Even in the West, they run a great risk. A clandestine existence is the norm for most of them. They must conceal themselves from their community of origin, and they do not always find the support they were expecting from the Catholic Church. There is a widespread tendency within the Church not to encourage conversion from Islam to Christianity – ostensibly for reasons of “dialogue,” but in reality out of fear of the reactions.
But on a number of occasions, appeals for help have come from converts from Islam who, after their baptism, have felt that they were abandoned. In an interview with Italian television two years ago, then-cardinal Joseph Ratzinger said: “I know, and this pains me deeply. It is the drama of our Christian consciousness, which is unsure of itself. Naturally, we must respect the Islamic states and their religion, but we must also ask for freedom of conscience for those who wish to become Christian, and we must assist these persons courageously, if we really are sure that they have found the right answer. We must not leave them alone. Everything possible must be done so that they can experience, in liberty and peace, what they have found within the Christian religion.”
To lift the veil on the lives of these new converts, a book has been released in recent days: “I cristiani venuti dall’islam [From Islam to Christianity].” The authors are Giorgio Paolucci, the managing editor of “Avvenire,” the newspaper of the Italian bishops’ conference, and Camille Eid, from Lebanon, a specialist in the Arab and Islamic world, who has recently written – among other things – a survey of the Christians in Iran, which was published by the Venice patriarchate’s magazine “Oasis” and reprinted last November 11 by www.chiesa.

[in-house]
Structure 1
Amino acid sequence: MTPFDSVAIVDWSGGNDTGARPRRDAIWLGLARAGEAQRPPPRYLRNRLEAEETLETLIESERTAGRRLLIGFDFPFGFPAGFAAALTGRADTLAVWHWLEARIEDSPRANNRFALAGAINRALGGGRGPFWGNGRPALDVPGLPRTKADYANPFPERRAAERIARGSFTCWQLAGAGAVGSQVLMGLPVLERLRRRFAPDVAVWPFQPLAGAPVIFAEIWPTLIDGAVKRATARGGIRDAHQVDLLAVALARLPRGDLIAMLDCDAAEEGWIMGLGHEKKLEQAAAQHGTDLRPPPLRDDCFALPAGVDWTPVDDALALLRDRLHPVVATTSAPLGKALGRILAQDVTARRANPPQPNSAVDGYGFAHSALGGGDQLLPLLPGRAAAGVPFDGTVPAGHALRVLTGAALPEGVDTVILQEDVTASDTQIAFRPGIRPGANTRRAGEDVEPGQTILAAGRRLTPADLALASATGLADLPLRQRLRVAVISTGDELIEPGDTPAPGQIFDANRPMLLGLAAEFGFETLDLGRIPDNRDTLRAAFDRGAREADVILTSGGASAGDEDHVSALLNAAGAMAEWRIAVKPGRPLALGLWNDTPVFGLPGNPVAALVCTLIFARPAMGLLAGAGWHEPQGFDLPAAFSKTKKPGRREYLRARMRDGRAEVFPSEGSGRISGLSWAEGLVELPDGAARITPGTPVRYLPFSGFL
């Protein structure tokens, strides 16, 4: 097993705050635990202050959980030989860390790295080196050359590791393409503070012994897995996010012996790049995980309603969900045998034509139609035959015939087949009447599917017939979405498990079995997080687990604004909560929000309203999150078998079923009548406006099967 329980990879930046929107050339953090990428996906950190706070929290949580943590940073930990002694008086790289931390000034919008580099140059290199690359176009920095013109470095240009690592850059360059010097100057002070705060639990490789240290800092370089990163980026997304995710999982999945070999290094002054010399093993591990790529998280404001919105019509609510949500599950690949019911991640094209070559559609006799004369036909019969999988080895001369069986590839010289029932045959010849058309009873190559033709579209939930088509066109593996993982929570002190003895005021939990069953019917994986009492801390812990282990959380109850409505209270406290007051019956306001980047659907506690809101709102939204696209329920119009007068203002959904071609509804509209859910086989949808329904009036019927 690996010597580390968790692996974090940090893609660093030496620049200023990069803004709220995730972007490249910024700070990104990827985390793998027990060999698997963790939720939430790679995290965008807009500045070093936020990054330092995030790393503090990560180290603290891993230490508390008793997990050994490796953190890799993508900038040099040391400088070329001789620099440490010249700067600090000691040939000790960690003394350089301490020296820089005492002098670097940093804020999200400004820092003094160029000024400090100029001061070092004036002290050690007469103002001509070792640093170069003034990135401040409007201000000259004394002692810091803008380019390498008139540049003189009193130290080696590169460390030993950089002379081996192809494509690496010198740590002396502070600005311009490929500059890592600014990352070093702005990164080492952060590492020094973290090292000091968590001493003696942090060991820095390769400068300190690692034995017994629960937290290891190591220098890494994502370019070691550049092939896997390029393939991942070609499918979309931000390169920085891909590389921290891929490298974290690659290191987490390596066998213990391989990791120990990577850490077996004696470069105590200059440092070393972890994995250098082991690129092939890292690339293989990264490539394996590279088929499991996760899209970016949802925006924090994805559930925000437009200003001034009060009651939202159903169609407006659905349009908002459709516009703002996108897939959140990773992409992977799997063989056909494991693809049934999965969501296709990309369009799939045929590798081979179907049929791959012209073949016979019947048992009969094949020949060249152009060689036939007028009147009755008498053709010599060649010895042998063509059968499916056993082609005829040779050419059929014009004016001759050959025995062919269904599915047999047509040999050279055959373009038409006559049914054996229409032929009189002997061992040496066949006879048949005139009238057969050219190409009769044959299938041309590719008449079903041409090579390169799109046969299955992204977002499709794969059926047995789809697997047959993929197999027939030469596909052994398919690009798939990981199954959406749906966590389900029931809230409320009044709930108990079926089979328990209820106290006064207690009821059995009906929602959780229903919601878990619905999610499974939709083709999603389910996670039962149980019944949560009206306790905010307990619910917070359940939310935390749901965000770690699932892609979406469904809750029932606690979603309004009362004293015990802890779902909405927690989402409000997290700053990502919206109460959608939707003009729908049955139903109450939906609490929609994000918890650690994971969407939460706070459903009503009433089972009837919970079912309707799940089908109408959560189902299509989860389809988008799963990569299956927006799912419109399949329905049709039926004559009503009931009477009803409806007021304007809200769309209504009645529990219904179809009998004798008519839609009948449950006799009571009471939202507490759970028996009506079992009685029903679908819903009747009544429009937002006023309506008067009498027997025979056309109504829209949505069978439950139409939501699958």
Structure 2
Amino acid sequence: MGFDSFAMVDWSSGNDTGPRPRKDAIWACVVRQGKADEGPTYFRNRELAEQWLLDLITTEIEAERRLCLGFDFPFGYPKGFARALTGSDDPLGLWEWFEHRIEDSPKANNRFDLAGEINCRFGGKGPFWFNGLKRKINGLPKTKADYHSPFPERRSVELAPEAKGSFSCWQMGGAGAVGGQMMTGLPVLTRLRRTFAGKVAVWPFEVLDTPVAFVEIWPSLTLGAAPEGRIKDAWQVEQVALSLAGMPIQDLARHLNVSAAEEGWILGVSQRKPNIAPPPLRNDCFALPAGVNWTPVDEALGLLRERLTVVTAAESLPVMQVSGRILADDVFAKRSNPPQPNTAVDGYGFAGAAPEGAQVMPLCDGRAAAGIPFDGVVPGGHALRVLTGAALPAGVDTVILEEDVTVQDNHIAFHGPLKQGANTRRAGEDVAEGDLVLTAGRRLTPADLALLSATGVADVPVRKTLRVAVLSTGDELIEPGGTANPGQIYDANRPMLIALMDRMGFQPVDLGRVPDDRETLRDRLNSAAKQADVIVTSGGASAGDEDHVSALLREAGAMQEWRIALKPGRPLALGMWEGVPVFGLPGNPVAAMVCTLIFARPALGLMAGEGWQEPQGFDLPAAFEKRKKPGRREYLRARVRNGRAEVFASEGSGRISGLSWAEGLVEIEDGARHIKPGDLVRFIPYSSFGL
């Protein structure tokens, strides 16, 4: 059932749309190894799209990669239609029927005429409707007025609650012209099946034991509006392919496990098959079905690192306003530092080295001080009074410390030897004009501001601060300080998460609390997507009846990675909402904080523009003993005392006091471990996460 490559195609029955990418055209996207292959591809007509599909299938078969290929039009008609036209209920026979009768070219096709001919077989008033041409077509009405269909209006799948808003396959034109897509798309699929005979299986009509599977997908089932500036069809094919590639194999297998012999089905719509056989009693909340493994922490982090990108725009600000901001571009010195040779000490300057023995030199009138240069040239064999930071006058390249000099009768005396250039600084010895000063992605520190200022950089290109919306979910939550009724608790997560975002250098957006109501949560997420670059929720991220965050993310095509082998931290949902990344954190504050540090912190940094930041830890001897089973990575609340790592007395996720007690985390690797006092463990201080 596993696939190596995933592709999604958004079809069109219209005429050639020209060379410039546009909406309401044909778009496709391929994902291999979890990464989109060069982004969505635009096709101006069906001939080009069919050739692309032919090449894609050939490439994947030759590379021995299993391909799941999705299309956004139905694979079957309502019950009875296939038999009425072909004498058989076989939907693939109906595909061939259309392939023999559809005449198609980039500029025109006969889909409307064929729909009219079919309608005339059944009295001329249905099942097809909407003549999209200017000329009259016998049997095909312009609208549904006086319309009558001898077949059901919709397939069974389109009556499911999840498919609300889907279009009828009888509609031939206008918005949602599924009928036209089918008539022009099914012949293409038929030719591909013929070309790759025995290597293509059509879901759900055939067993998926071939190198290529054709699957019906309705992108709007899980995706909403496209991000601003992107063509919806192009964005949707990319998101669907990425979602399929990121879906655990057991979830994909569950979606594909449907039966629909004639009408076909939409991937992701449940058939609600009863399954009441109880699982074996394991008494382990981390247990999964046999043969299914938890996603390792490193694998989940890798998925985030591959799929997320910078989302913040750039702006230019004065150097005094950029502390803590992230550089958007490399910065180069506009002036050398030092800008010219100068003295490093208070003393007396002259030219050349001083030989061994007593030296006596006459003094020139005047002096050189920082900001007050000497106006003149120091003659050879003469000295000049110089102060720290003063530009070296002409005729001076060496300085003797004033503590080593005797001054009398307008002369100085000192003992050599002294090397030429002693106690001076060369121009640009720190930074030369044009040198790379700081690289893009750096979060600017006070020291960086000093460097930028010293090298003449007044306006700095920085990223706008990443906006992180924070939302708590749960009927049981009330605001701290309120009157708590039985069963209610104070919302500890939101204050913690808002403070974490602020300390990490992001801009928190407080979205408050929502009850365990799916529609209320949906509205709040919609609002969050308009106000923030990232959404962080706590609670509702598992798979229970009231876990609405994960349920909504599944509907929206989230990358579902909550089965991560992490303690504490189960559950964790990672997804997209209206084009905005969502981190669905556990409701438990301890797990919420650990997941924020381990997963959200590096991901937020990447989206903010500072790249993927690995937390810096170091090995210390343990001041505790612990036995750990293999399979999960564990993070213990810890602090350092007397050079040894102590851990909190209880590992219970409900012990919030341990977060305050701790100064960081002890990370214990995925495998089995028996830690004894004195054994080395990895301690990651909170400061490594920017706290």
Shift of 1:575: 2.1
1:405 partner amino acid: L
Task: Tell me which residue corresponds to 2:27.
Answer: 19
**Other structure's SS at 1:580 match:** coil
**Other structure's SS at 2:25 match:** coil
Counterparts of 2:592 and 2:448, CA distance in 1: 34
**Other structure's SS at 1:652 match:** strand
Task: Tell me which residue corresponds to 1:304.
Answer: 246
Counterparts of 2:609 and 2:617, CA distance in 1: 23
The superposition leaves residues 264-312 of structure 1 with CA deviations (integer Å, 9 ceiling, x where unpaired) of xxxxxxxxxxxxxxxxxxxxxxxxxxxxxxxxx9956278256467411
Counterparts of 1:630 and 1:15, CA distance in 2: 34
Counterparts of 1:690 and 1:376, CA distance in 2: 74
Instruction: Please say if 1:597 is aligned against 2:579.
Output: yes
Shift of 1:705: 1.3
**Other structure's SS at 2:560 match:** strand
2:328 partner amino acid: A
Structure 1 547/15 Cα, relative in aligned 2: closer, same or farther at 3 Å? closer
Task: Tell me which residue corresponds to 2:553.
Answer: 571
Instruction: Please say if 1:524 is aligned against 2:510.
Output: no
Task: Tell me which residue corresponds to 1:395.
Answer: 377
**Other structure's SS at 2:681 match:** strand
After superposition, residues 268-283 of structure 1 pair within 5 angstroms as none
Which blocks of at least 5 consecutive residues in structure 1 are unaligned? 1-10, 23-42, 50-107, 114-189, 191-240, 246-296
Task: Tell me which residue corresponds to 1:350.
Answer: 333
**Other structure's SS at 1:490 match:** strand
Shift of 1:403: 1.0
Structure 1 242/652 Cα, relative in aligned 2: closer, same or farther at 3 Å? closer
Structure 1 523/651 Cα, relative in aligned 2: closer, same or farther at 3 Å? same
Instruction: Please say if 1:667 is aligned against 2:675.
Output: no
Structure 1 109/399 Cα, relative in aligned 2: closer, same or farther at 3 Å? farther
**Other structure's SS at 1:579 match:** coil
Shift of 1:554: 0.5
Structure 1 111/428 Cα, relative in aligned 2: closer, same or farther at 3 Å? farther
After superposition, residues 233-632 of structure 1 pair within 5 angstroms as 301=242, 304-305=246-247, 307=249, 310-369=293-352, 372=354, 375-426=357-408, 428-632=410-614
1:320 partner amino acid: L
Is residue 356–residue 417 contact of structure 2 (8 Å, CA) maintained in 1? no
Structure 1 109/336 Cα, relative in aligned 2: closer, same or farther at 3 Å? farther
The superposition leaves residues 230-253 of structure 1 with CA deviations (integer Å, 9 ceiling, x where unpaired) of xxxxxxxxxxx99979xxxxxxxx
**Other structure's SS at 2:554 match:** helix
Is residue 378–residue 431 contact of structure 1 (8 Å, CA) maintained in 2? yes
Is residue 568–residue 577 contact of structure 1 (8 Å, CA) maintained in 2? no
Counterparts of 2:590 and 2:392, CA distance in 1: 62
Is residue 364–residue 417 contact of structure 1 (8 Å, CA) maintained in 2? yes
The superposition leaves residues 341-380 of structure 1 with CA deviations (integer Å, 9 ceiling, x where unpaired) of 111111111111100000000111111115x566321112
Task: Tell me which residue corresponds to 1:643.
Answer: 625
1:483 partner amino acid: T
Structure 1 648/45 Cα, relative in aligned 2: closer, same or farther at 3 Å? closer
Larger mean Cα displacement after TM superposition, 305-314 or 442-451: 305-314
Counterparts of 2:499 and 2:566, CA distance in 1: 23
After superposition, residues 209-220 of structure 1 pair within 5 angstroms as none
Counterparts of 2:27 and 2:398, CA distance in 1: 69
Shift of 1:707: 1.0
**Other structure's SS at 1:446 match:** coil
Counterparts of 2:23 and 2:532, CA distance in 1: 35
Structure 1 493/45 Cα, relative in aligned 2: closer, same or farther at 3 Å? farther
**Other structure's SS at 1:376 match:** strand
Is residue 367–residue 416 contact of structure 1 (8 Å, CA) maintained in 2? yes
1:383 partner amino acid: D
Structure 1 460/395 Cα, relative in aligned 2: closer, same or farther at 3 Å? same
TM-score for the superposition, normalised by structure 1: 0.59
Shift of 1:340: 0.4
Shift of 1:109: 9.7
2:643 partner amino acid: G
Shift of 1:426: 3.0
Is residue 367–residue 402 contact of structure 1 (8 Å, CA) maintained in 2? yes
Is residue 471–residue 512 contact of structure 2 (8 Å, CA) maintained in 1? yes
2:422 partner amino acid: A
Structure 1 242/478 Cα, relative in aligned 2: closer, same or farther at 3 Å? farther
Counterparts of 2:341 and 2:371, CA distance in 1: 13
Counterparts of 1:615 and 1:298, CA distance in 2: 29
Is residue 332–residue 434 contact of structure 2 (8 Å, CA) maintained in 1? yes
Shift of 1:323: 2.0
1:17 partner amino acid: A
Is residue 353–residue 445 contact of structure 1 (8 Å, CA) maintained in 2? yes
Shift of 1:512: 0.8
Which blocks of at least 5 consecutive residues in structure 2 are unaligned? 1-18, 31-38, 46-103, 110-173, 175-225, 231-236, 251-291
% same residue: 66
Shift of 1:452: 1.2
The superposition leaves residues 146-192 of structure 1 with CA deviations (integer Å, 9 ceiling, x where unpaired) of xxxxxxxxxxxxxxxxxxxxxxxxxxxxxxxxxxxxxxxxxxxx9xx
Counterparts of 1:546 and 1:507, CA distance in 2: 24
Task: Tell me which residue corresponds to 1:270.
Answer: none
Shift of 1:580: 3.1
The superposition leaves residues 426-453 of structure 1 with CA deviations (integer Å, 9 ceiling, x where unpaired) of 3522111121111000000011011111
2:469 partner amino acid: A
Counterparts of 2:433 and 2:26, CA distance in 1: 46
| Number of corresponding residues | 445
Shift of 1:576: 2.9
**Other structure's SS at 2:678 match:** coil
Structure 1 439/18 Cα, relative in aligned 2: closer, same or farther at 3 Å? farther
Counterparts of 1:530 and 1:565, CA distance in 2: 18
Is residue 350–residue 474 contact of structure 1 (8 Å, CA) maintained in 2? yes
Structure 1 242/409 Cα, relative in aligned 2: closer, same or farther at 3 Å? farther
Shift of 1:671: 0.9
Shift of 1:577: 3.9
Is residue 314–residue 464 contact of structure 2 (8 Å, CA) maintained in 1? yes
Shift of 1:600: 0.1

The book recounts – for the first time – numerous stories about Muslims living in Italy who have encountered Christianity in a great variety of ways and, after converting, have received baptism.
In an appendix, the two authors also provide an overview of Muslim countries, giving the degree of danger – up to the death sentence – that awaits anyone who changes from Islam to another faith.
But, in an extensive preface, the book also examines how the question is discussed within Islam.